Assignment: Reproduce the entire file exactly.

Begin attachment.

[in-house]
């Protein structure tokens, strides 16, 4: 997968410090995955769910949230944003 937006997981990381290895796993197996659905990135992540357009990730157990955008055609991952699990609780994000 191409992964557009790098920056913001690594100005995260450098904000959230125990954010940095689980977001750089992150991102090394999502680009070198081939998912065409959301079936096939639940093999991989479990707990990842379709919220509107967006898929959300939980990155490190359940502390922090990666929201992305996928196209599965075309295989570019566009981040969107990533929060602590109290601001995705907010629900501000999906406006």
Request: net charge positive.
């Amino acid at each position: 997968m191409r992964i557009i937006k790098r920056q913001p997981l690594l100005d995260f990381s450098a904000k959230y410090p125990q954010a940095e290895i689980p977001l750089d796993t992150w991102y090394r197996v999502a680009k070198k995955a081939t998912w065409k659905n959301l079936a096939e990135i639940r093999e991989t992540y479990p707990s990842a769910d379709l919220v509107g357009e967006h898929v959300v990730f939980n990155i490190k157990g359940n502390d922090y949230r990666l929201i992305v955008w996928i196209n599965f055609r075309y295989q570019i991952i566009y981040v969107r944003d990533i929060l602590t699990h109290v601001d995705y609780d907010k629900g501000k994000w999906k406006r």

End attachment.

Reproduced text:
[in-house]
């Protein structure tokens, strides 16, 4: 997968410090995955769910949230944003 937006997981990381290895796993197996659905990135992540357009990730157990955008055609991952699990609780994000 191409992964557009790098920056913001690594100005995260450098904000959230125990954010940095689980977001750089992150991102090394999502680009070198081939998912065409959301079936096939639940093999991989479990707990990842379709919220509107967006898929959300939980990155490190359940502390922090990666929201992305996928196209599965075309295989570019566009981040969107990533929060602590109290601001995705907010629900501000999906406006």
Request: net charge positive.
């Amino acid at each position: 997968m191409r992964i557009i937006k790098r920056q913001p997981l690594l100005d995260f990381s450098a904000k959230y410090p125990q954010a940095e290895i689980p977001l750089d796993t992150w991102y090394r197996v999502a680009k070198k995955a081939t998912w065409k659905n959301l079936a096939e990135i639940r093999e991989t992540y479990p707990s990842a769910d379709l919220v509107g357009e967006h898929v959300v990730f939980n990155i490190k157990g359940n502390d922090y949230r990666l929201i992305v955008w996928i196209n599965f055609r075309y295989q570019i991952i566009y981040v969107r944003d990533i929060l602590t699990h109290v601001d995705y609780d907010k629900g501000k994000w999906k406006r």